Recollected Recipes

CUISINE OF CULTURAL SIGNIFICANCE

Pairs perfectly with Acadian Sugar Pie

While there is no geographic region that is distinguishably Acadie, the southwest coast of Nova Scotia and several New Brunswick areas are defined by the Acadian tradition. The regional history is pertinent to creating this dish. Some call it Rappie Pie while others say chiard, pâté à la râpure, or paté râpé.

 

Culinary culture is most often born out of necessity, and Rappie Pie is no different. A warm, hearty meal for hardworking people, this regional heritage staple has been devoured on the Canadian coast for centuries. As some of the first French homesteaders in the 1600s, they lived alongside the British on Canada's east coast. But by the 1750s, the British sought to permanently get rid of the Acadians.

 

More than 10,000 were deported between 1755 and 1763. Some went to Louisiana to become Cajuns, while others went back to France, England, or the Caribbean. Upon their return to Acadia after The Great Upheaval, the Acadians were only permitted to farm on certain land. Potatoes were among the few crops that could grow there. 

 

Read more about the Acadians Exile

Made from patates râpées, or grated potatoes, this dish is all about texture. Not a pie in the conventional sense, this delicious mix of potatoes and chicken lacks nothing but a pastry crust. Removing the potatoes' liquid, then reconstituting the remaining potato pulp with broth is the key to making this dish a success.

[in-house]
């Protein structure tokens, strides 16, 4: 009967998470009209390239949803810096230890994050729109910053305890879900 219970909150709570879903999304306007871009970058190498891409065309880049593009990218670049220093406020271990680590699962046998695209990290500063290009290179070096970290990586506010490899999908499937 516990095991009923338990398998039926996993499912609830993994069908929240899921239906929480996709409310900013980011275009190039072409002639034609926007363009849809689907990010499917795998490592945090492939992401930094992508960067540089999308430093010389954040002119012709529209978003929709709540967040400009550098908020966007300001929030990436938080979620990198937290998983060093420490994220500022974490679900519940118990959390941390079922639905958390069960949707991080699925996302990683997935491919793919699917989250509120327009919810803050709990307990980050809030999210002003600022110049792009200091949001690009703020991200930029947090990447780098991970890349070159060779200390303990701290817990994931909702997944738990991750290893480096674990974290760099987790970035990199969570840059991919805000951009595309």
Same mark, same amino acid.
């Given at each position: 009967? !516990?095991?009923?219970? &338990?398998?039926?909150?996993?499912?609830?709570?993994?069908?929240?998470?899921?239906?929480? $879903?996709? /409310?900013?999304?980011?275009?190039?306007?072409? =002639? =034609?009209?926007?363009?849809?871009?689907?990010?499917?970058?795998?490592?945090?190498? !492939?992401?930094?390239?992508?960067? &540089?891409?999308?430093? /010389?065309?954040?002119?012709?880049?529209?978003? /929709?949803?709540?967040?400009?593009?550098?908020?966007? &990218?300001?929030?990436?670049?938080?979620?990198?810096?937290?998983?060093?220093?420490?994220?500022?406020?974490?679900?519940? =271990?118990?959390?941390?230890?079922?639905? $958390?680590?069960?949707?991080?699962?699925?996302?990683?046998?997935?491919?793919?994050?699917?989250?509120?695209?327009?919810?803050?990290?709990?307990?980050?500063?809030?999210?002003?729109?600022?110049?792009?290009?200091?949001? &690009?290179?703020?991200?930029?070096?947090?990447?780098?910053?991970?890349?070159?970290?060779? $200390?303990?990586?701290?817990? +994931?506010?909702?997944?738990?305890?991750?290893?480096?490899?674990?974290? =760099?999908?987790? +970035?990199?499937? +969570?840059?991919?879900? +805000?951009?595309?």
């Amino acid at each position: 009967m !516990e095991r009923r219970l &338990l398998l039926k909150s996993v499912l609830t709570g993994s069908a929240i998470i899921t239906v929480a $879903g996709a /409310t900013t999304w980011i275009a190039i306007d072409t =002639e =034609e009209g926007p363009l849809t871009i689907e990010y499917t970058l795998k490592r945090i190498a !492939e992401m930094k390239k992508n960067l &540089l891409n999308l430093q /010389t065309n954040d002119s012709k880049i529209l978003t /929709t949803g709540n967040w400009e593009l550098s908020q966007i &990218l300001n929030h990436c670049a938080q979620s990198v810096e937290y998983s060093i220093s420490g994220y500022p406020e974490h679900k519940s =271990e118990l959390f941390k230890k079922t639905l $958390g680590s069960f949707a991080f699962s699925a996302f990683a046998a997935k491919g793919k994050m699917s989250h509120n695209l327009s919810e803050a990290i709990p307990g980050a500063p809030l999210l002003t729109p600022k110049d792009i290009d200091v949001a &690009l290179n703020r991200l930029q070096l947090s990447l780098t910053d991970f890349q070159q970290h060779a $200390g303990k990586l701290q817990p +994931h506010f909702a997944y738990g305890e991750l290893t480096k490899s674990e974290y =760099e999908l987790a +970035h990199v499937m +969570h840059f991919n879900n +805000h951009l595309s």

The traditional way to prepare potatoes for Rappie Pie is to separate the potato pulp from the liquid. This is done by grating the potatoes, a long and arduous process, to be sure. A modern alternative is to juice them or buy a block of pre-grated potatoes from the store. 

 

Perfectly pairs with Acadian Sugar Pie

 

Chicken is the most popular choice of meat in Rappie Pie, but one of the best parts of this recipe is its versatility. Try replacing the poultry with venison, bar clams, rabbit, or any other lean meat you may have on hand. Salted green onions are a common ingredient in Acadian cooking and taste best prepared the old fashioned way. Just as the name would indicate, salted green onions are simply green onions cut and preserved in salt. 

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